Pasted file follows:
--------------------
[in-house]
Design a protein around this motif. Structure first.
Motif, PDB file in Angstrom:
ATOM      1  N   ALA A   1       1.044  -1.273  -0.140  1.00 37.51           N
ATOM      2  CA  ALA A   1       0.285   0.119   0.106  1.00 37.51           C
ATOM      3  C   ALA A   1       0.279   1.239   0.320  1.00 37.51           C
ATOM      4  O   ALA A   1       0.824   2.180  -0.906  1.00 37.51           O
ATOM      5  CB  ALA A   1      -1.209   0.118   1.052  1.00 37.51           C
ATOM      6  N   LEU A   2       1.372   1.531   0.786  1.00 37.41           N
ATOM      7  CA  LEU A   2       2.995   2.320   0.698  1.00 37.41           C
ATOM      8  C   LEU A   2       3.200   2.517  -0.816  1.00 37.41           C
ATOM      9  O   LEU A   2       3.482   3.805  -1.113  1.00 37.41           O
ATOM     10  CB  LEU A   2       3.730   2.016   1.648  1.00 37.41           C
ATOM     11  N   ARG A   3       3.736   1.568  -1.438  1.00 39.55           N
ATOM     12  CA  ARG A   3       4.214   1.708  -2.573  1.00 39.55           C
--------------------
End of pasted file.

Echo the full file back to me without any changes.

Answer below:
[in-house]
Design a protein around this motif. Structure first.
Motif, PDB file in Angstrom:
ATOM      1  N   ALA A   1       1.044  -1.273  -0.140  1.00 37.51           N
ATOM      2  CA  ALA A   1       0.285   0.119   0.106  1.00 37.51           C
ATOM      3  C   ALA A   1       0.279   1.239   0.320  1.00 37.51           C
ATOM      4  O   ALA A   1       0.824   2.180  -0.906  1.00 37.51           O
ATOM      5  CB  ALA A   1      -1.209   0.118   1.052  1.00 37.51           C
ATOM      6  N   LEU A   2       1.372   1.531   0.786  1.00 37.41           N
ATOM      7  CA  LEU A   2       2.995   2.320   0.698  1.00 37.41           C
ATOM      8  C   LEU A   2       3.200   2.517  -0.816  1.00 37.41           C
ATOM      9  O   LEU A   2       3.482   3.805  -1.113  1.00 37.41           O
ATOM     10  CB  LEU A   2       3.730   2.016   1.648  1.00 37.41           C
ATOM     11  N   ARG A   3       3.736   1.568  -1.438  1.00 39.55           N
ATOM     12  CA  ARG A   3       4.214   1.708  -2.573  1.00 39.55           C